My Son Asked Me What Would Happen If I Died

My Son Asked Me What Would Happen If I Died

Kids ask tough questions about life (or death), and we must show up for the conversation.

By: Maria Mora

My children weren’t exposed to death until recently, when their great-grandfather passed away. Up until then, they only thought about death in the context of video games -- where you get unlimited lives or you can always restart.

I’ve been paying close attention to their attitudes to watch for signs of anxiety and distress. My 8-year-old recently brought up death on his own, and I’m so glad he did. It gave us a chance to talk about things I desperately want him to know.

“Mama, if you pass away,” he said, “I’m going to find a way to die too, so I don’t have to be sad.”

I felt a cold, twisting feeling in my chest.

“Oh, baby doll,” I told him. “No, you wouldn’t.”

He cried and insisted that he couldn’t live if I died. It broke my heart, and I struggled not to cry too as we talked. But I managed to get the most important point across. When people pass away, the best way you can honor them and their wishes is to continue living and seek joy where you can.

More from P&G everyday: 7 Important Tips for Talking to Kids About Death and Loss

I told him that no one knows exactly what happens after we die, but that I would love him forever, until the end of the universe and back. He’s a big space geek, and he loves that stars are old or dead but we can still see their twinkling lights at night. I think he understood that like the stars, love is eternal.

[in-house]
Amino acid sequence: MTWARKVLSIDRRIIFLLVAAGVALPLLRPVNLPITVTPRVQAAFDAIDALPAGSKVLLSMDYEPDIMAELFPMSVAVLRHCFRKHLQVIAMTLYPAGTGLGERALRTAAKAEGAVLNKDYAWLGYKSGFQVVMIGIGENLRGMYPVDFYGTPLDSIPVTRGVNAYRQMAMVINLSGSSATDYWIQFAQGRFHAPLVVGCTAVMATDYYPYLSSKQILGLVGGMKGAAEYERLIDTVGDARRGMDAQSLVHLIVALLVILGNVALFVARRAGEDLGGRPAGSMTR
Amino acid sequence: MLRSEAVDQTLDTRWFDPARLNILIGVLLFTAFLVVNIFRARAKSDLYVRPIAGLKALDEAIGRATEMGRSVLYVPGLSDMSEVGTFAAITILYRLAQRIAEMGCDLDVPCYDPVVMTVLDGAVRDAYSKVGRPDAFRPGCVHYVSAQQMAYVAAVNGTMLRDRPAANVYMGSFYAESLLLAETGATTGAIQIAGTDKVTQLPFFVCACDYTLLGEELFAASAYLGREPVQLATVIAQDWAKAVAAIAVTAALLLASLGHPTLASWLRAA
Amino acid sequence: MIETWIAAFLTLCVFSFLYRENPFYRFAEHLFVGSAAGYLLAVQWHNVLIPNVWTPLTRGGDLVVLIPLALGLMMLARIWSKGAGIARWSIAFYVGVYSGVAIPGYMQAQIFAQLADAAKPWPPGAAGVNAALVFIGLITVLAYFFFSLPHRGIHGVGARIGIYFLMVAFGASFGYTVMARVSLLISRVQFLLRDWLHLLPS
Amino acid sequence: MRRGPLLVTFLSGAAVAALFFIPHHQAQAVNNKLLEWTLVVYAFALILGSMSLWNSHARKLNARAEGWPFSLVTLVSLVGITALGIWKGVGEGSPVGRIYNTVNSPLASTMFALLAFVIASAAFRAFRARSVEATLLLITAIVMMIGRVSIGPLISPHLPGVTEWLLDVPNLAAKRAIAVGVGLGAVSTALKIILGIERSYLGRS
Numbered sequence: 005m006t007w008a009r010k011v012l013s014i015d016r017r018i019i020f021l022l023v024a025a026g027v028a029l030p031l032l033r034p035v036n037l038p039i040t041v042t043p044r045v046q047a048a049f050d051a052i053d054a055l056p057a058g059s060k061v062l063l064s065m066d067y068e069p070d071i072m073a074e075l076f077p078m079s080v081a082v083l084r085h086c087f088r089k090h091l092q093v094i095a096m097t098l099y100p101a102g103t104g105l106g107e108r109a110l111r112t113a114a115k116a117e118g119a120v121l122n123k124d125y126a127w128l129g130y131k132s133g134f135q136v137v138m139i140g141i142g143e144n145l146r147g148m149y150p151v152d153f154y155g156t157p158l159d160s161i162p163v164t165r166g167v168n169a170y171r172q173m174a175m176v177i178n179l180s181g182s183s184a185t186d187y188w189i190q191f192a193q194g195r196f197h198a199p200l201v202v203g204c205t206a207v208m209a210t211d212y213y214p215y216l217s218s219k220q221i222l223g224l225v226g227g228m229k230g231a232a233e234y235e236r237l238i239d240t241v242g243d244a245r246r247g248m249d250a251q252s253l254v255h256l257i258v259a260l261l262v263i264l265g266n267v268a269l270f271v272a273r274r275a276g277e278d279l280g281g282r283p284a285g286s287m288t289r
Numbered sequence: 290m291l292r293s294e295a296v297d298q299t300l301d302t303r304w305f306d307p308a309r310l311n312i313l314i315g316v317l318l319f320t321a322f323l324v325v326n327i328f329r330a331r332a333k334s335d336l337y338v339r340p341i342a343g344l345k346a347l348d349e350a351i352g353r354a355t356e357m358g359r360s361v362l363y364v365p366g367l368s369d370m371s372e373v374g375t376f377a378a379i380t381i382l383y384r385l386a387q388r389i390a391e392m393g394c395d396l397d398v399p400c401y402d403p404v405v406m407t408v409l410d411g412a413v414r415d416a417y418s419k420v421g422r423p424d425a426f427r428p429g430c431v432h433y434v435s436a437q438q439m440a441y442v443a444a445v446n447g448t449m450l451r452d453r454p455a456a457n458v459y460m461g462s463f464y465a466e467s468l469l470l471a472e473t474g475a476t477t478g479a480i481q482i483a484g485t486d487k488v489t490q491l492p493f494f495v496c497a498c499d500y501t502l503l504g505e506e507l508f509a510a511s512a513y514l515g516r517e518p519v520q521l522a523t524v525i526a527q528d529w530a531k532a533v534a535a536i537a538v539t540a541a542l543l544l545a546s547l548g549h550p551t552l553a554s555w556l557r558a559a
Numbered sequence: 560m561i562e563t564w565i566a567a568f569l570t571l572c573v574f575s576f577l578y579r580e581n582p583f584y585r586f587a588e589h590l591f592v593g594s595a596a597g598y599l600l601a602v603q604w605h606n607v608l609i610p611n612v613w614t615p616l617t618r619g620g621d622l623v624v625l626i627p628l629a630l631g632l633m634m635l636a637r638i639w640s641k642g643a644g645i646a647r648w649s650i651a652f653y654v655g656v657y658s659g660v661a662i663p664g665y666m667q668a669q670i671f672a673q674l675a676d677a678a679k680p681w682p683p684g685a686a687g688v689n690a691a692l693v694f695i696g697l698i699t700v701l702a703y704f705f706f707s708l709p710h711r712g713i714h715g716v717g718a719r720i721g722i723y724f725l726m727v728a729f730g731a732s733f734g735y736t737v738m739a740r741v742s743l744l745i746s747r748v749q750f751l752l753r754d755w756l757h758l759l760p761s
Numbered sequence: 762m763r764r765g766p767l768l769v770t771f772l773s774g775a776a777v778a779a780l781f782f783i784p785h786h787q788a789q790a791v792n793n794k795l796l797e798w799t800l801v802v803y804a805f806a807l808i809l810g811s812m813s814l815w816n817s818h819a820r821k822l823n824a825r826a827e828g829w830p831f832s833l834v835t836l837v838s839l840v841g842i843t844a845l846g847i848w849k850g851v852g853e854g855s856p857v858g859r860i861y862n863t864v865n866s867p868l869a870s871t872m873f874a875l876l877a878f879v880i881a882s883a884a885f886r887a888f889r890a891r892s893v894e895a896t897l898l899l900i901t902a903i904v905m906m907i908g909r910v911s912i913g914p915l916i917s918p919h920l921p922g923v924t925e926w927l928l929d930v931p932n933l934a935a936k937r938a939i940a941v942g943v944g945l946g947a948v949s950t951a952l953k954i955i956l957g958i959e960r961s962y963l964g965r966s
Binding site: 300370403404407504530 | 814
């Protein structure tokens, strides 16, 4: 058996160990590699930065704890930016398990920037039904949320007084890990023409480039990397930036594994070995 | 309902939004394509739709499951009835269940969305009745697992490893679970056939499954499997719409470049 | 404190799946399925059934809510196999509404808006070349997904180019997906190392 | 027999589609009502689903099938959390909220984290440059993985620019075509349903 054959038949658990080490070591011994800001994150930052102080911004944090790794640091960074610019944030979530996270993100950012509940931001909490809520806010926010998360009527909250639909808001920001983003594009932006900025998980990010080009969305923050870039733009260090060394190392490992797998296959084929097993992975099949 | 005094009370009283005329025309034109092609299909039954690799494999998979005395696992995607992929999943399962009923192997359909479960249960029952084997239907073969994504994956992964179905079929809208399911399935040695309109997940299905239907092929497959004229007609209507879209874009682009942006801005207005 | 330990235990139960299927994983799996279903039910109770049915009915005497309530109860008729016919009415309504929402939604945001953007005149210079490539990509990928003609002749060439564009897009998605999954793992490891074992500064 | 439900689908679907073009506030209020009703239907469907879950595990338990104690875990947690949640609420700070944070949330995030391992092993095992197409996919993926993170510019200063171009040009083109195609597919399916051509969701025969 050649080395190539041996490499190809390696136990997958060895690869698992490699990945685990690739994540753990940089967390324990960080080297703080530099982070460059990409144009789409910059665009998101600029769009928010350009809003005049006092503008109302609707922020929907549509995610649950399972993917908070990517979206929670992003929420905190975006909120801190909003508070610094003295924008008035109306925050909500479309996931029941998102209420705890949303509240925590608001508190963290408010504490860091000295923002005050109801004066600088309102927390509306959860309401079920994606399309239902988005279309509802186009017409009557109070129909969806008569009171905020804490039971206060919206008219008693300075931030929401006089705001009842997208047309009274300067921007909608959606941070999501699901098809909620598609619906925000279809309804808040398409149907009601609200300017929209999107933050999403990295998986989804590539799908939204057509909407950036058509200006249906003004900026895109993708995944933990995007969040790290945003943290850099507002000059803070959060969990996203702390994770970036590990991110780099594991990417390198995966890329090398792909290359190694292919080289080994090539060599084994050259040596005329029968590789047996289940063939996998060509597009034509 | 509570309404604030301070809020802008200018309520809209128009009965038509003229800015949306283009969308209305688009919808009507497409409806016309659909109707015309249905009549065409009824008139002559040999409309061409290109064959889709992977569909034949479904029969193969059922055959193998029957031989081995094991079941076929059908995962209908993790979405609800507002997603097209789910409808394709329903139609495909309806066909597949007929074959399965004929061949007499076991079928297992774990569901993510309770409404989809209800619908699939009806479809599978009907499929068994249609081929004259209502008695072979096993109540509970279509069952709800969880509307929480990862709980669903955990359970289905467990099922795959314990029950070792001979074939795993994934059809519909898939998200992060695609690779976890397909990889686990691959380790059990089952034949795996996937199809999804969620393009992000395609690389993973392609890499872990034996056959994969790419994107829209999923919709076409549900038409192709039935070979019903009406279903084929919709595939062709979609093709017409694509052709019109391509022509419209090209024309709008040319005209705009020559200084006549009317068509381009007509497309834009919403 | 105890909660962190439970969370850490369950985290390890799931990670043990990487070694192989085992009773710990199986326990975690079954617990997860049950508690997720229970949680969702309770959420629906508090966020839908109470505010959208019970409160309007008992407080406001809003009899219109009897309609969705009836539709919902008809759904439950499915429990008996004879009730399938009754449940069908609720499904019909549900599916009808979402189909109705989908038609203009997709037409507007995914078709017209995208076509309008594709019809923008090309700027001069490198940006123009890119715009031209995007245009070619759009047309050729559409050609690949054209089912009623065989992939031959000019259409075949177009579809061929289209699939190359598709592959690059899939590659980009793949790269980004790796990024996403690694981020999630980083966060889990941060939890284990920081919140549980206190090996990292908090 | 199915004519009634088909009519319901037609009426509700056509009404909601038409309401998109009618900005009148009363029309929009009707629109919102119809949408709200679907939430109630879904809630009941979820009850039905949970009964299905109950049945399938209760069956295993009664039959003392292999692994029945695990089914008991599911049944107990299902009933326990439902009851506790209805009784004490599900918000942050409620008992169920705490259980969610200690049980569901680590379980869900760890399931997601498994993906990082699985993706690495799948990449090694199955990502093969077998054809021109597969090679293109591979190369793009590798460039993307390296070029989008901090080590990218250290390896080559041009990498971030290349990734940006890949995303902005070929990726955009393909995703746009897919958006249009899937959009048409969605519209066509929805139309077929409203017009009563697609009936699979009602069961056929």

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I told him that he’s allowed to be sad about sad things in life, but that he can’t run away from sadness. None of us can. We have to move forward through the sadness. I told him that he’s my joy in life and that when I pass away when I’m old, I’ll want him to keep doing the fun things that make us all of us happy.

“All right,” he finally told me. When we hugged, I held him tightly and cried into his hair.

None of us like to be confronted with mortality, but we owe kids honest conversations. We owe it to them to listen and to honor their fears. I doubt this was the last time we’ll talk about loss, but for now I think my son feels better.

Have your kids ever talked about death?

Maria Mora is a single mom, editor, and hockey fanatic. She lives with her two sons in Florida.

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